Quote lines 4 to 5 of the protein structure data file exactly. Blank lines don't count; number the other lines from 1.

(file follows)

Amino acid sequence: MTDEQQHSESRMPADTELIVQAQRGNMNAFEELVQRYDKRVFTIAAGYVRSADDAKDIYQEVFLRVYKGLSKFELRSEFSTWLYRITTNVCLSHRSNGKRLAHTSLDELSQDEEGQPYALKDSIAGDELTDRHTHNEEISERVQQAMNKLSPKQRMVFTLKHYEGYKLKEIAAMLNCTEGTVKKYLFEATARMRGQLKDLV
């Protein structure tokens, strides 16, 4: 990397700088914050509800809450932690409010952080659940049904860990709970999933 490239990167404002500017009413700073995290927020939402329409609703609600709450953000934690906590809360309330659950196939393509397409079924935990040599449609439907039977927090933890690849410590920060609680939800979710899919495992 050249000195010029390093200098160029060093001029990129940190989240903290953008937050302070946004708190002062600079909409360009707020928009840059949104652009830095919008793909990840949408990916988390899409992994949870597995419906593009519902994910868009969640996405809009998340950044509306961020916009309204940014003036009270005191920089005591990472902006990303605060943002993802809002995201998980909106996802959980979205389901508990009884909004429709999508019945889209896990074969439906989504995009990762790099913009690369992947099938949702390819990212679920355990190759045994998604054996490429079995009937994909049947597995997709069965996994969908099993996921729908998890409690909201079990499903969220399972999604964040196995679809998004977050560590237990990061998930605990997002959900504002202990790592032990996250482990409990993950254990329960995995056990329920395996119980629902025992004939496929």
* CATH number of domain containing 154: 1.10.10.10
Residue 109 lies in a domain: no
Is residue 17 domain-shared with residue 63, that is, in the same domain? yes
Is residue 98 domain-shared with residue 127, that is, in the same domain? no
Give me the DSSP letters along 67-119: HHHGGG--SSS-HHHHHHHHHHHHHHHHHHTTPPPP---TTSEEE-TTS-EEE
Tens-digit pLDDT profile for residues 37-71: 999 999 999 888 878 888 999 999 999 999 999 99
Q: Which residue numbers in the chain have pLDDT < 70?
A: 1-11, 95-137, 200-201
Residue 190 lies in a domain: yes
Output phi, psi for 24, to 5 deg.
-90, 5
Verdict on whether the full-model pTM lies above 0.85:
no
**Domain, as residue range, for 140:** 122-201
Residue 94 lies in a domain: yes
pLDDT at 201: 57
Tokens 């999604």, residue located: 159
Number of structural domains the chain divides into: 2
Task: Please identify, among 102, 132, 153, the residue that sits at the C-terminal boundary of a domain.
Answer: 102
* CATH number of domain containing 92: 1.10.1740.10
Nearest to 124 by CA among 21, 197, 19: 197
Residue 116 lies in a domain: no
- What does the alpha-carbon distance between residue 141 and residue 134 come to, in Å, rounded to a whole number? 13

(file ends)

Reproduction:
Residue 109 lies in a domain: no
Is residue 17 domain-shared with residue 63, that is, in the same domain? yes